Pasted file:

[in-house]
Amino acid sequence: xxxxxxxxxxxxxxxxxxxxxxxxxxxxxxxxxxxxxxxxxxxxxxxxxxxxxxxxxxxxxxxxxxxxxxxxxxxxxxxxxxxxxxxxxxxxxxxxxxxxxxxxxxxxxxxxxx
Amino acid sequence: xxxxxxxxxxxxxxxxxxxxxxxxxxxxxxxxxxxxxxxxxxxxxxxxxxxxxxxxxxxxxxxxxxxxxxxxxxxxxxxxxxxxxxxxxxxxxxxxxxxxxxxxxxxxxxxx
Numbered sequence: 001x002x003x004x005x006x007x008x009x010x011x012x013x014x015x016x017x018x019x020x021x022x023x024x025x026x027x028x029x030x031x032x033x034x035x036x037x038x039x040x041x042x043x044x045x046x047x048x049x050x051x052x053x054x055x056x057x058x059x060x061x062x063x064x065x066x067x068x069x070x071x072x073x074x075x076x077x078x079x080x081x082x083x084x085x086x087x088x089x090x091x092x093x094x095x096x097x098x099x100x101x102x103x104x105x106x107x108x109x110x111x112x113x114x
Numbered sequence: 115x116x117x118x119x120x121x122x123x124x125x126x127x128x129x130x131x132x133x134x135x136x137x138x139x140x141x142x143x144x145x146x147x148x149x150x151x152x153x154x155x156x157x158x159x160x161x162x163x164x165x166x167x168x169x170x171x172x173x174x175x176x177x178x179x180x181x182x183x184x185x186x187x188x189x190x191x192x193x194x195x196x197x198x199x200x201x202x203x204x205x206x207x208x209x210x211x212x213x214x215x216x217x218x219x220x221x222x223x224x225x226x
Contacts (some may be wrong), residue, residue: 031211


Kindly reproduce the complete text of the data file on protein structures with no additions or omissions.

[in-house]
Amino acid sequence: xxxxxxxxxxxxxxxxxxxxxxxxxxxxxxxxxxxxxxxxxxxxxxxxxxxxxxxxxxxxxxxxxxxxxxxxxxxxxxxxxxxxxxxxxxxxxxxxxxxxxxxxxxxxxxxxxx
Amino acid sequence: xxxxxxxxxxxxxxxxxxxxxxxxxxxxxxxxxxxxxxxxxxxxxxxxxxxxxxxxxxxxxxxxxxxxxxxxxxxxxxxxxxxxxxxxxxxxxxxxxxxxxxxxxxxxxxxx
Numbered sequence: 001x002x003x004x005x006x007x008x009x010x011x012x013x014x015x016x017x018x019x020x021x022x023x024x025x026x027x028x029x030x031x032x033x034x035x036x037x038x039x040x041x042x043x044x045x046x047x048x049x050x051x052x053x054x055x056x057x058x059x060x061x062x063x064x065x066x067x068x069x070x071x072x073x074x075x076x077x078x079x080x081x082x083x084x085x086x087x088x089x090x091x092x093x094x095x096x097x098x099x100x101x102x103x104x105x106x107x108x109x110x111x112x113x114x
Numbered sequence: 115x116x117x118x119x120x121x122x123x124x125x126x127x128x129x130x131x132x133x134x135x136x137x138x139x140x141x142x143x144x145x146x147x148x149x150x151x152x153x154x155x156x157x158x159x160x161x162x163x164x165x166x167x168x169x170x171x172x173x174x175x176x177x178x179x180x181x182x183x184x185x186x187x188x189x190x191x192x193x194x195x196x197x198x199x200x201x202x203x204x205x206x207x208x209x210x211x212x213x214x215x216x217x218x219x220x221x222x223x224x225x226x
Contacts (some may be wrong), residue, residue: 031211